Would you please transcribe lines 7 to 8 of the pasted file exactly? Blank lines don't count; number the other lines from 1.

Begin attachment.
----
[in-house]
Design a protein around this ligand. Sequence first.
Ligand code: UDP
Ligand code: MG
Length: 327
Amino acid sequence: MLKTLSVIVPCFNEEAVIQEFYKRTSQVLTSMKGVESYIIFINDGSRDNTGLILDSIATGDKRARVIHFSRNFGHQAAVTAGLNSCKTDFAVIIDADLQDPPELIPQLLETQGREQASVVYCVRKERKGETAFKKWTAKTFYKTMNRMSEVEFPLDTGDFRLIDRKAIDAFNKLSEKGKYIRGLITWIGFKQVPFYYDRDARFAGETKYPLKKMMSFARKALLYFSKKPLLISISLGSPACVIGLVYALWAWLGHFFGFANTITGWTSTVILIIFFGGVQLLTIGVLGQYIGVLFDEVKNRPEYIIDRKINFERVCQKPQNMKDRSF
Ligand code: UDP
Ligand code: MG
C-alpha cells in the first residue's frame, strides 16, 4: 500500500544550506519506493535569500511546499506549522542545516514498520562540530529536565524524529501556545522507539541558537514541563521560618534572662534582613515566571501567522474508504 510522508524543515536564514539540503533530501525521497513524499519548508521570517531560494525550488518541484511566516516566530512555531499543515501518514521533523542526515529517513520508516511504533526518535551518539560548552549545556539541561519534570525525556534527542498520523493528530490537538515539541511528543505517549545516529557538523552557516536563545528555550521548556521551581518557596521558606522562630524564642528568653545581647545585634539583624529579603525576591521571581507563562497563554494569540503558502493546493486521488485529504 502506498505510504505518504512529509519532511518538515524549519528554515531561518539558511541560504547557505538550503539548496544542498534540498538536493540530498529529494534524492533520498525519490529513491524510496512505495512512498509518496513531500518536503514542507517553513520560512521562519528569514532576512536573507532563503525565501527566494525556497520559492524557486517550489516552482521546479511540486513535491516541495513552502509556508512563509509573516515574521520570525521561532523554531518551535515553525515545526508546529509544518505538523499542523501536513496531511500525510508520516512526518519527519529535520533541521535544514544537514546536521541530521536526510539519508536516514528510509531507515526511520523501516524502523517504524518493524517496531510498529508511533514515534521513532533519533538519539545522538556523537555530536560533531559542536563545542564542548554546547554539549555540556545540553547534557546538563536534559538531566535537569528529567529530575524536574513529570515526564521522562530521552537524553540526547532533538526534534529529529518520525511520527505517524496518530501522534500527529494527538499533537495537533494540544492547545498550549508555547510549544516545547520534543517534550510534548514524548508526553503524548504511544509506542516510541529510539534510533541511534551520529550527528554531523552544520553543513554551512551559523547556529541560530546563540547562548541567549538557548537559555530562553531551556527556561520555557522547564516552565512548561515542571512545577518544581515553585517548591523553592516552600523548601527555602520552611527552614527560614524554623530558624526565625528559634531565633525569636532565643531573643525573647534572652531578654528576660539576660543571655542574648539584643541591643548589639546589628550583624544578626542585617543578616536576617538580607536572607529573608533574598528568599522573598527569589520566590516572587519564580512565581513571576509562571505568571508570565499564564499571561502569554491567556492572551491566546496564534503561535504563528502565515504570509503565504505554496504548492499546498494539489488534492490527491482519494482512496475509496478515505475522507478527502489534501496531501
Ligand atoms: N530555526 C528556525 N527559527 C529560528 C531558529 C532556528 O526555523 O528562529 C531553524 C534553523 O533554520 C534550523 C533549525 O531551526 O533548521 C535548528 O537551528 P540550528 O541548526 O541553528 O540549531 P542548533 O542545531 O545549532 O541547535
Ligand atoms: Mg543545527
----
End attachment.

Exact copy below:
Ligand code: UDP
Ligand code: MG